Every day I get many requests to retweet, “like” on Facebook, blog, or otherwise post about someone’s book. Of the 20+ DMs I received, I re-tweeted ONLY one. I’m a real person – so what made me pick out this one tweet to share? Besides a marketing Jedi like me, how do you get a blogger, reviewer, editor, or even another writer to help you out on Twitter. I’d like to think they get many more requests than me 🙂
So if you have a blogger or reviewer that you’d like to retweet a message about your book, how do you go about it?
What I didn’t Re-Tweet This week
Here are a few of the (edited) tweets I’ve received in the last week:
- <book title> <Amazon link> <BN Link> <Author website> PLEASE RETWEET!
- Check out my book <Link>
- My new book <link> please RT
Did I re-tweet any of them? No. I don’t know any of these authors very well – besides an initial follow, I’ve had no Interaction AT ALL. So why should I go out of my way (and spend precious time) blindly sharing their book?
The Tweet I Shared
Who are the people that are most likely to re-tweet or share a link to your book? That’s right. Friends and Family. @JessMichaelsBks (my wife) and my mother thumb up my posts and retweet me all the time 🙂
No, I didn’t retweet my mother or my wife 🙂 It was an author that I don’t know very well, but that author made an effort. I exchanged a few messages about writing and when I asked for a comment on a tweet I sent – they responded! That’s it. Was it that much? It hardly took any effort, but confirmed that another real person was on the other end. I’m glad to help real people out, I just want to know that they are real people and they are my friends.
So that’s the trick. Friends and family are WAY more likely to retweet and like your posts. If you want a blogger/editor/book marketing jedi to retweet you need to become friends!
Putting it into practice!
Here’s how you get someone to notice you –
- Like their page on Facebook, sign up for their newsletter
- Interact with them! Tweet to them, add them for #FF (Follow Friday), comment on their posts!
- help them market – blog about them, ask them for an interview for your website, Try to help them meet their goals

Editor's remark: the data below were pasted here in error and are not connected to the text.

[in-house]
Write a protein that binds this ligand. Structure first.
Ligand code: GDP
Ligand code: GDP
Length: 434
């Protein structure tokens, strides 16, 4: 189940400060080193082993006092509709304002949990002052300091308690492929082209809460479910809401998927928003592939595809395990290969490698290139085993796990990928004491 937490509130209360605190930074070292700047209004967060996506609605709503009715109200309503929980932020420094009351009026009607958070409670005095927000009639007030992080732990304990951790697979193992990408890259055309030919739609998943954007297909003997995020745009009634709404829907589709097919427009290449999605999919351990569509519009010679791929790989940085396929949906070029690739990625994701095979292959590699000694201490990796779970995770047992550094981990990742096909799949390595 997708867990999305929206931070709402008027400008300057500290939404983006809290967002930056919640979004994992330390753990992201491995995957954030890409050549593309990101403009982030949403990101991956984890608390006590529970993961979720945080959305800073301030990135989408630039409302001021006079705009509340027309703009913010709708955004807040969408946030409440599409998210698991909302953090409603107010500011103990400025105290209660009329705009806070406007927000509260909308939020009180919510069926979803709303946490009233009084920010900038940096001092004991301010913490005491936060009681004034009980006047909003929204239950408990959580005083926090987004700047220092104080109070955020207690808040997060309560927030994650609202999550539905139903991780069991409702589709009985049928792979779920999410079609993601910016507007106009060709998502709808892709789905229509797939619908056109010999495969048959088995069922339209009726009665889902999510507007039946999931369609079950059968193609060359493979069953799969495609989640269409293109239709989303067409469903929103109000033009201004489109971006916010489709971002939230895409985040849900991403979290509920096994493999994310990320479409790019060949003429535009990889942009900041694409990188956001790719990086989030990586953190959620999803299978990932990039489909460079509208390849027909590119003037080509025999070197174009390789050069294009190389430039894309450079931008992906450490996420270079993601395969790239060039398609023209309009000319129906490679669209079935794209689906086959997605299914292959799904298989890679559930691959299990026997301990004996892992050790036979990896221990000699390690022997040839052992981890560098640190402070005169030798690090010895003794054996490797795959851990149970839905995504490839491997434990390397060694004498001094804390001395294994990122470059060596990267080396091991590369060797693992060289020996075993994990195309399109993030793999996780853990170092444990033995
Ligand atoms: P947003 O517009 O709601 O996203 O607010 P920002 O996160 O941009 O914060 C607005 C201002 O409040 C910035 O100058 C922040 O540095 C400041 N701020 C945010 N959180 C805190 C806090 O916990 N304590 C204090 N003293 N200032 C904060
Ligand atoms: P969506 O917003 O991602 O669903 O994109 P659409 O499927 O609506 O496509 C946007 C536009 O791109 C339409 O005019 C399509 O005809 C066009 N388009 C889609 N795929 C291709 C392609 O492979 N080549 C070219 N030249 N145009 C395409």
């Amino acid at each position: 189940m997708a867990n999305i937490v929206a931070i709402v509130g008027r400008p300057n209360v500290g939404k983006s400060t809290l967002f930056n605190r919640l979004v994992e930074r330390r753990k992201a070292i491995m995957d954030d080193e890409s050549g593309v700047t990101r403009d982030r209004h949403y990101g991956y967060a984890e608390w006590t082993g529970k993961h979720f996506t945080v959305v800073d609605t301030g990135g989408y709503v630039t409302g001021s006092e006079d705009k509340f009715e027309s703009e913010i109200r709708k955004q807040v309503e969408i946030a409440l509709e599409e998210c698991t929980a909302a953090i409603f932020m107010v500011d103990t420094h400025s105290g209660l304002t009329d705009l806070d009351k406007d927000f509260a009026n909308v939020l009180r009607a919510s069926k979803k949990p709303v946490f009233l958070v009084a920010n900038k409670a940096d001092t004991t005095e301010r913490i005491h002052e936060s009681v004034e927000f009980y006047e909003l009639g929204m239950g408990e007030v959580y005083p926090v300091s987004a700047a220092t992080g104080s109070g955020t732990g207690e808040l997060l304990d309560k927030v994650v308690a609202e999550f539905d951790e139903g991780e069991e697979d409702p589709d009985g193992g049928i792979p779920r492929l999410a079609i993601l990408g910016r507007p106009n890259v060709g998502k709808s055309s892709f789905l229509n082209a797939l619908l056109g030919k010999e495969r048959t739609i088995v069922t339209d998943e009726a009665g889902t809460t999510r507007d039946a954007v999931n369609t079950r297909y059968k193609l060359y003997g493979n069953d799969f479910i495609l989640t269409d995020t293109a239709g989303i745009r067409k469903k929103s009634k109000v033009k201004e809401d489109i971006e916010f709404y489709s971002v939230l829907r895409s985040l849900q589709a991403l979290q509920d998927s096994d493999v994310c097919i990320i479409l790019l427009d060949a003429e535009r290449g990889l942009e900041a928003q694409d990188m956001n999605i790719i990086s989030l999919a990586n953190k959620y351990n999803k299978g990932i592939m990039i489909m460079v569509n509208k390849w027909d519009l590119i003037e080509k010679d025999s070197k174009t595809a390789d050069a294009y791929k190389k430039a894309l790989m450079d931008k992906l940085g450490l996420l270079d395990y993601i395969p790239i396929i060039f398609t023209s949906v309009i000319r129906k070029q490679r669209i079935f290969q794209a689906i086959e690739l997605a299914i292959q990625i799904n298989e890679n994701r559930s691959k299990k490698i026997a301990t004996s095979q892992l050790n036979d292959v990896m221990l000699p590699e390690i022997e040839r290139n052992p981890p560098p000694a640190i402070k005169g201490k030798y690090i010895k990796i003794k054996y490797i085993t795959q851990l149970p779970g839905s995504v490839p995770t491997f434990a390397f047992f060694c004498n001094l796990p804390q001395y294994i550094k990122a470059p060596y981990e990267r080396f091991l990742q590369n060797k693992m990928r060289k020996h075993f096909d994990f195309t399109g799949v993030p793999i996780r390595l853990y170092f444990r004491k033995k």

When you give a little, you can get a lot! When it comes time for you to ask for help – they’re likely to say “Absolutely!”
It’s so simple, but so few people do it. When you market your book…helping others will help you sell more books.
In my free download “Marketing Your Book on the Web” – I suggest that one of the fastest ways to build your readership is to make connections in the industry. Identify 5 authors/bloggers that have similar books as yours and try to get them to notice you! Note: Lady Gaga may never retweet me, even if I built an entire site about her. It’s ok to shoot for the stars, but people with 5,000 followers or less tend to be much more reachable.
Spending just 10 minutes a day cultivating these relationships is the most valuable time you have! if you make 5 online friends a month – you can have 60 influential people helping to market your book in just one year!
I’ve been struggling with “do-it-all” social media marketing and am not thrilled with the results. I simply cannot be friends with everyone, though that would be ideal. I find your approach intriguing and am considering tweaking my approach. I will definitely be coming back to your blog to learn more. Thank you for sharing your valuable experience, Mike.
It is possible to do an “all in one” approach, but most people are overwhelmed by it. It can also be difficult really understanding what’s working and what’s not (even using Google Analytics). That’s why I usually suggest getting good at one site before adding the next one 🙂
Anyway, thank you for the comment and let me know if there are any questions I can help with!